Fit funded Possible's Frequent Flyer Levy campaign, which aims to replace Air Passenger Duty with a fairer, greener tax regime and its Climate Perks initiative, which empowers employees to make climate-friendly holiday travel choices.
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Focus of work

Possible create, build, and share ways people can take meaningful action on climate change. Combining individual and local actions with larger systemic change, Possible face our climate dread with a can-do attitude and sense of fun.

Whether they are running tree-planting days, plugging community-owned solar to train lines or lobbying MPs on onshore wind, everything we do is about inspiring more people to take more ambitious action on climate change.


Possible led the campaign for a world-first televised leaders climate debate in the 2019 general election, screened live on Channel 4 News and watched by over a million people.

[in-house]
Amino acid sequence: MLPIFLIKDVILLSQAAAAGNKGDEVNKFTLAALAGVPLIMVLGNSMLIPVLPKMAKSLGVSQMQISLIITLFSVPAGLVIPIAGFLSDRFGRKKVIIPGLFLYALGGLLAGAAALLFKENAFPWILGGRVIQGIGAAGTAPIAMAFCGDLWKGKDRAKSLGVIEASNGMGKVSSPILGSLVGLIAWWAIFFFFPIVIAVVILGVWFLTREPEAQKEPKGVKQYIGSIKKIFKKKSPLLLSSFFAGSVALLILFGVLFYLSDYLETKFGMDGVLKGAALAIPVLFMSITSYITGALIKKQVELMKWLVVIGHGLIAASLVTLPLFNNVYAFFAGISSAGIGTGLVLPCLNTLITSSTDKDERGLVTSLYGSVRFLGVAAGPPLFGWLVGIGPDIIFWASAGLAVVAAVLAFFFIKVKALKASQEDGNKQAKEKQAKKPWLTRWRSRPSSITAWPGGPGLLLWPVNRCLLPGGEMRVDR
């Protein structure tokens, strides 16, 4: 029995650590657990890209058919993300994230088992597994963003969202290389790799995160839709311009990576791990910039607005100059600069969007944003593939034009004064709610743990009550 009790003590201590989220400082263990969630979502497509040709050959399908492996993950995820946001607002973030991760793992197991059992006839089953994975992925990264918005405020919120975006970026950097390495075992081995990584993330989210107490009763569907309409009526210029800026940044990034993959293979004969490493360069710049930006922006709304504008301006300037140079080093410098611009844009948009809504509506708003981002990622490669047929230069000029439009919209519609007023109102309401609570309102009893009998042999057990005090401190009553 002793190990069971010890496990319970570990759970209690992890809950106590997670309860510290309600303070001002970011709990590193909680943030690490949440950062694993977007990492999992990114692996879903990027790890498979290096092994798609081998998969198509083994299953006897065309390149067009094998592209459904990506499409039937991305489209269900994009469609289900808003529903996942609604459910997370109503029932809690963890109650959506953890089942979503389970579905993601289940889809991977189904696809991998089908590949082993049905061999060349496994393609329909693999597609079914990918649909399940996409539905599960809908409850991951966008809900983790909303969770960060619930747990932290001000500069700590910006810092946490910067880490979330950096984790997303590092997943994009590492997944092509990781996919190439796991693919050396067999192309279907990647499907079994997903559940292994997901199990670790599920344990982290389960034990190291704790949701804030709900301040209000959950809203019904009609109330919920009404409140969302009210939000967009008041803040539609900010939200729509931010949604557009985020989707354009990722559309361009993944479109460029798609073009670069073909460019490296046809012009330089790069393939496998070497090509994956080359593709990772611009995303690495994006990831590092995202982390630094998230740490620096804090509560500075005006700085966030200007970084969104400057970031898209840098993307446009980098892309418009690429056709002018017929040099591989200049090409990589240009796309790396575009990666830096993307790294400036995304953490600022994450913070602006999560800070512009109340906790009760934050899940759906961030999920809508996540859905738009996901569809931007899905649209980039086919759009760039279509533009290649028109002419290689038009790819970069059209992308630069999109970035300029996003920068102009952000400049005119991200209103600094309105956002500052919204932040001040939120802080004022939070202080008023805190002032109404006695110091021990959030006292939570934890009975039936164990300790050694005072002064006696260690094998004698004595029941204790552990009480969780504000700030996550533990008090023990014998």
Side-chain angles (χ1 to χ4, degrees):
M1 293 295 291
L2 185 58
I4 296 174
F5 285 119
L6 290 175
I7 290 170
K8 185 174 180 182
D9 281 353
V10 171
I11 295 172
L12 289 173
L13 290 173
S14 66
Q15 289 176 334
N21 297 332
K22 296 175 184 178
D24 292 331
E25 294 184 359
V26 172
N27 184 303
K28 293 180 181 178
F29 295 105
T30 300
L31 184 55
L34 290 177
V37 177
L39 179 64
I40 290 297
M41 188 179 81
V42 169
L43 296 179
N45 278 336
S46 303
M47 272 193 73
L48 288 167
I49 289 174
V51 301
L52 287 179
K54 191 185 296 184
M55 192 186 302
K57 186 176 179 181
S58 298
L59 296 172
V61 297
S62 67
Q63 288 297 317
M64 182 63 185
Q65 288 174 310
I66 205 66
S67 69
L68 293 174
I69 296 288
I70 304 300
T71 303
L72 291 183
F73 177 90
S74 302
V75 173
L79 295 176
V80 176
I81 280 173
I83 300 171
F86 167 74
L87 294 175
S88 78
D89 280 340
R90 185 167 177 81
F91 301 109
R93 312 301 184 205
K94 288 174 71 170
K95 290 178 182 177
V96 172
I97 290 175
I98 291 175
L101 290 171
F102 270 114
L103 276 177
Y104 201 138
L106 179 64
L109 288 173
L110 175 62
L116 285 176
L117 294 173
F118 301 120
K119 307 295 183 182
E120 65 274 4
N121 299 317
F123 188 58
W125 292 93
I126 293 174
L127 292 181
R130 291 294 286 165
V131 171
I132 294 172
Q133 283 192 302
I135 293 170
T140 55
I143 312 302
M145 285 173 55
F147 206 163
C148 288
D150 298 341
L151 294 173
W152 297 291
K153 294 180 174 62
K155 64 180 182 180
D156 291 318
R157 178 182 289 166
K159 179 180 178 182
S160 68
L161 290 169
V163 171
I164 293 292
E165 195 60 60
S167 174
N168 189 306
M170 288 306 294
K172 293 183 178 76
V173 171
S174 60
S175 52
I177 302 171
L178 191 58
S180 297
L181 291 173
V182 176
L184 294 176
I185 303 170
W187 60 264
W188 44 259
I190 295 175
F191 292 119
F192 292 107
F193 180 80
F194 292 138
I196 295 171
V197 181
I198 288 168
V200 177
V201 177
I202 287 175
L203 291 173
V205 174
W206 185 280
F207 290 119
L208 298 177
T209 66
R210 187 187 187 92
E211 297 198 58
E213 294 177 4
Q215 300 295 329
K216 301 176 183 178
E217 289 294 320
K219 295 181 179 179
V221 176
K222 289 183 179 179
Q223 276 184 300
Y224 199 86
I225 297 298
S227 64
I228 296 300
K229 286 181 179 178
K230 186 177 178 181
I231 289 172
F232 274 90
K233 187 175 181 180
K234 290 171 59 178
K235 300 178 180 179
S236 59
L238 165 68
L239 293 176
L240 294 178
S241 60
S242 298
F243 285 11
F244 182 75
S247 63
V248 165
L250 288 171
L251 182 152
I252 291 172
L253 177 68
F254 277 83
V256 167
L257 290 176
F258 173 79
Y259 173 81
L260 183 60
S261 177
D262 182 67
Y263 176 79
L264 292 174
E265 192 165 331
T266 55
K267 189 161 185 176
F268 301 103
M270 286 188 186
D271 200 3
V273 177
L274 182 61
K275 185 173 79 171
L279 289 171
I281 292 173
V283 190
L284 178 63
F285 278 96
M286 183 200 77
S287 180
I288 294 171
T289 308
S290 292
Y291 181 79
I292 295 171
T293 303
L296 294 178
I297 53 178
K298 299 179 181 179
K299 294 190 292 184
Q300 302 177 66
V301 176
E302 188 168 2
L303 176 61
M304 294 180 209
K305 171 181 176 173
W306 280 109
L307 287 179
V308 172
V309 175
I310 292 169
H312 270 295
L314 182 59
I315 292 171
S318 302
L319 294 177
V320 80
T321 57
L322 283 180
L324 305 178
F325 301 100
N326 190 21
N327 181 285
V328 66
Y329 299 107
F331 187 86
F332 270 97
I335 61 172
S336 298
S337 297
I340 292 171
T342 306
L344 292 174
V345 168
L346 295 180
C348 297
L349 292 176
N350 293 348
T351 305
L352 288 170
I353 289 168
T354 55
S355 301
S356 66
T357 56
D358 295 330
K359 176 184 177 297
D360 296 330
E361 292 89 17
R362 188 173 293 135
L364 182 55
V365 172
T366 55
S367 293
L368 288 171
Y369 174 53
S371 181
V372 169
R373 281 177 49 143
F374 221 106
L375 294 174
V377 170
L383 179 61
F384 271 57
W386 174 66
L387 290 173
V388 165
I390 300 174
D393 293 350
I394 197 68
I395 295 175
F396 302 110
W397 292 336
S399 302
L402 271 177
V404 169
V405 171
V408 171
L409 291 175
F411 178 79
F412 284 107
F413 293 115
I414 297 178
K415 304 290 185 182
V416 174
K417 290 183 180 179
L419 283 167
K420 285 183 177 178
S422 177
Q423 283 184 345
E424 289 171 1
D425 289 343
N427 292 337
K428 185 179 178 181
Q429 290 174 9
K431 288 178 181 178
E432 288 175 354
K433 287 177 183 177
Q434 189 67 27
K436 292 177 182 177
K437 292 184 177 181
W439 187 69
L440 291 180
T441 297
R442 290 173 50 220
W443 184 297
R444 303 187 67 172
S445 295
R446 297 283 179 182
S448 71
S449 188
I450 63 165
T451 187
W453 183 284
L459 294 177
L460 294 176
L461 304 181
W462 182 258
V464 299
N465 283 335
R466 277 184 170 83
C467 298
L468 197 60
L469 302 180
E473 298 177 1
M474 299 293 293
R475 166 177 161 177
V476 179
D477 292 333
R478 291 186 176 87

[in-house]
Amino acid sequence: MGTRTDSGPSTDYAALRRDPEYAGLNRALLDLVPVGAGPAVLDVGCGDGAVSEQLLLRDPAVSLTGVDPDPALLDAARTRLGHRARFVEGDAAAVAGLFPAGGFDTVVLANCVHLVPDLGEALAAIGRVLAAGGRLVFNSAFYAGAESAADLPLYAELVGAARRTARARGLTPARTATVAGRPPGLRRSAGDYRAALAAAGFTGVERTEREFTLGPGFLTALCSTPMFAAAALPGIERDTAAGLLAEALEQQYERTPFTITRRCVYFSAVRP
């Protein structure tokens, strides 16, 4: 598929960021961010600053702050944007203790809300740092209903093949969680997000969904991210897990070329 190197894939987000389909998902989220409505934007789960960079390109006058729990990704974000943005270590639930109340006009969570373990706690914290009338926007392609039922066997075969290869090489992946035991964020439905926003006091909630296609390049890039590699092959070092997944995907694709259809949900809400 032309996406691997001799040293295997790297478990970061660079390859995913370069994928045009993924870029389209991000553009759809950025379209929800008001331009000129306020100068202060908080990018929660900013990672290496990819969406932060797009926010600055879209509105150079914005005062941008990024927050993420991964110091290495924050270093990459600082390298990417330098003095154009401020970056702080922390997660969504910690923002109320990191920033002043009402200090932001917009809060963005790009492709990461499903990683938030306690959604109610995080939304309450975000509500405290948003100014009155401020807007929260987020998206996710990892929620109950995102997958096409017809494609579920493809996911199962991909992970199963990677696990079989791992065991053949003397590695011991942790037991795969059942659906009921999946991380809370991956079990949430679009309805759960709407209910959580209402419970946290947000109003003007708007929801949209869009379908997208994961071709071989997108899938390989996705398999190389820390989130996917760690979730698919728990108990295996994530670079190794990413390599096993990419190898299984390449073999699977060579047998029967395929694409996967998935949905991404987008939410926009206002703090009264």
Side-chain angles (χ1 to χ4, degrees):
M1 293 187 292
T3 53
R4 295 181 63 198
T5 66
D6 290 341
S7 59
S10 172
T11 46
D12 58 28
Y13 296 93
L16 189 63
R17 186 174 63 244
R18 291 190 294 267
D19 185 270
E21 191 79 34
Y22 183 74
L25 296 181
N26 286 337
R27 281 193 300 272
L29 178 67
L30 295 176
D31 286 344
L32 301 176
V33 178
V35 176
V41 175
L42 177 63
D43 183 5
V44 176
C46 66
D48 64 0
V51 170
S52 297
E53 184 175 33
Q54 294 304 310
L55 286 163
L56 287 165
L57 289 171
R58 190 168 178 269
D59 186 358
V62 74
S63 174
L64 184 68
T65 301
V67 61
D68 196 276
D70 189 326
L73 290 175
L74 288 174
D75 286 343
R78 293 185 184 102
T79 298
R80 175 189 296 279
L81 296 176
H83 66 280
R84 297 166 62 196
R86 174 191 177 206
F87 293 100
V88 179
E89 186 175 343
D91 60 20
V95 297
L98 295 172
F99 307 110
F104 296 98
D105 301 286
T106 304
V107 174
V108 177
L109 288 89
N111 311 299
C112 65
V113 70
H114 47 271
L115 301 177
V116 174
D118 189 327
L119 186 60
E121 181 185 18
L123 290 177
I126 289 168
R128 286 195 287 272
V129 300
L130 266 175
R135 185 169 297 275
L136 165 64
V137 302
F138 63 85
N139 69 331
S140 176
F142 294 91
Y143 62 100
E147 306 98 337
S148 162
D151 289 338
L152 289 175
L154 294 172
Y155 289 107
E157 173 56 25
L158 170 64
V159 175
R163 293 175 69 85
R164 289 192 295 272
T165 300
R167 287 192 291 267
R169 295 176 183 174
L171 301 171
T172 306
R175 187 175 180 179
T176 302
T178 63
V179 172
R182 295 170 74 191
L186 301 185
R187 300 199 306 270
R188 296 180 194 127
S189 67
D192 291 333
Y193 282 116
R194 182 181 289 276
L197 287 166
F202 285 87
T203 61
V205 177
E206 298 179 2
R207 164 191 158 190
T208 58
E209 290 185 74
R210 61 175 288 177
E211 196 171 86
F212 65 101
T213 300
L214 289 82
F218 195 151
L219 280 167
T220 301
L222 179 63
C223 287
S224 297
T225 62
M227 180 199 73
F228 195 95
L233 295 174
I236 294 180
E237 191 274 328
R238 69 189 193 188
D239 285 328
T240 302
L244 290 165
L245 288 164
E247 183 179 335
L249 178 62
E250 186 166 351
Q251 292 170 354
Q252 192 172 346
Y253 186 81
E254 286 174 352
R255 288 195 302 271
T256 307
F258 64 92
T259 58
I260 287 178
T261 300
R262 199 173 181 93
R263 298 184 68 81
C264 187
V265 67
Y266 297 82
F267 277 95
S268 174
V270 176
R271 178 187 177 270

They laid the ground for a resurgence in UK community energy by proving train lines can be powered directly by solar power, after years of research and development. In 2019, they connected a pilot solar array to the railway at Aldershot station – another world-first – and now they are looking forward to rolling out large scale community owned solar farms to power our trains.

The Solar Schools programme saw 60,000 people helping 85 schools raise £723,000 and install 2,730 solar panels on their roofs. These solar panels will save schools about £1,000,000 – and the project has inspired many more schools to install solar since in the UK and beyond.

Possible created the world’s first ever ‘Climate Perks’ employer scheme, enlisting organisations to offer staff paid ‘journey days’ off work when staff choose low carbon travel for their holidays. Less than a year after launching in late 2019, 50 employers are signed up, covering 1000+ employees.

Possible campaigned to bring back the UK’s cheapest source of energy – onshore wind – when no one else would. After over three years of pressure, the government finally announced in early 2020 it would reinstate access to public clean energy contracts for onshore wind, having blocked this in 2015. Now they plan to remove planning barriers to community onshore wind projects in England, so everyone can benefit.

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